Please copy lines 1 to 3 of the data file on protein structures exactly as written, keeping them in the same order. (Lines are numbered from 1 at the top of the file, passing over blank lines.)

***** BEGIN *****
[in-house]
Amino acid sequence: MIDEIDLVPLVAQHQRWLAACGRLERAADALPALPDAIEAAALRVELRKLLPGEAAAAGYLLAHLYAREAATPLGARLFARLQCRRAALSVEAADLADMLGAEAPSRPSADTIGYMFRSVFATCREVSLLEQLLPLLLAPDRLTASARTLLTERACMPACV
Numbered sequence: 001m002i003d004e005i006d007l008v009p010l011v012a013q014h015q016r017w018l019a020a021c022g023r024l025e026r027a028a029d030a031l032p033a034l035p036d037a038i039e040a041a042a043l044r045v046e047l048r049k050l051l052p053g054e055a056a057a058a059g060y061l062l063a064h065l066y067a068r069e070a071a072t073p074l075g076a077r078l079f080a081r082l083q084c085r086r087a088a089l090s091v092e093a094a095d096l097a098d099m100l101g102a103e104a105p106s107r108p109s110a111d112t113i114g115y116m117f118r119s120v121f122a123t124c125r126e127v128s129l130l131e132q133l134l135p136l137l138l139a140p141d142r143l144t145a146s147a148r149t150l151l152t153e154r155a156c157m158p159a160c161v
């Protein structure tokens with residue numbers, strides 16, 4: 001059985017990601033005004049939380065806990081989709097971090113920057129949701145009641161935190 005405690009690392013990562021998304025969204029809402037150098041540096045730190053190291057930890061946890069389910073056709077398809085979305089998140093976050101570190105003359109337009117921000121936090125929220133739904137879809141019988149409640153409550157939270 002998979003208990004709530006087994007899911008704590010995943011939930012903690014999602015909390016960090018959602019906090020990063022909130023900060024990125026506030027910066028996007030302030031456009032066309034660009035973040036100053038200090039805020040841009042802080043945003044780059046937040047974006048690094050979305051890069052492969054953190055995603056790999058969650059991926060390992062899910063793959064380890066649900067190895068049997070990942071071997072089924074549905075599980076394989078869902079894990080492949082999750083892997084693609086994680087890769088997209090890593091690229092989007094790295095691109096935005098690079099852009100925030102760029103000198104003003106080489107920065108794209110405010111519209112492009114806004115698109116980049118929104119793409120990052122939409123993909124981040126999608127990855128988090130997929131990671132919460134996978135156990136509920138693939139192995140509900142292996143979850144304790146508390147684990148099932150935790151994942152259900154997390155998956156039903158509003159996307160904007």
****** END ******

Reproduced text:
[in-house]
Amino acid sequence: MIDEIDLVPLVAQHQRWLAACGRLERAADALPALPDAIEAAALRVELRKLLPGEAAAAGYLLAHLYAREAATPLGARLFARLQCRRAALSVEAADLADMLGAEAPSRPSADTIGYMFRSVFATCREVSLLEQLLPLLLAPDRLTASARTLLTERACMPACV
Numbered sequence: 001m002i003d004e005i006d007l008v009p010l011v012a013q014h015q016r017w018l019a020a021c022g023r024l025e026r027a028a029d030a031l032p033a034l035p036d037a038i039e040a041a042a043l044r045v046e047l048r049k050l051l052p053g054e055a056a057a058a059g060y061l062l063a064h065l066y067a068r069e070a071a072t073p074l075g076a077r078l079f080a081r082l083q084c085r086r087a088a089l090s091v092e093a094a095d096l097a098d099m100l101g102a103e104a105p106s107r108p109s110a111d112t113i114g115y116m117f118r119s120v121f122a123t124c125r126e127v128s129l130l131e132q133l134l135p136l137l138l139a140p141d142r143l144t145a146s147a148r149t150l151l152t153e154r155a156c157m158p159a160c161v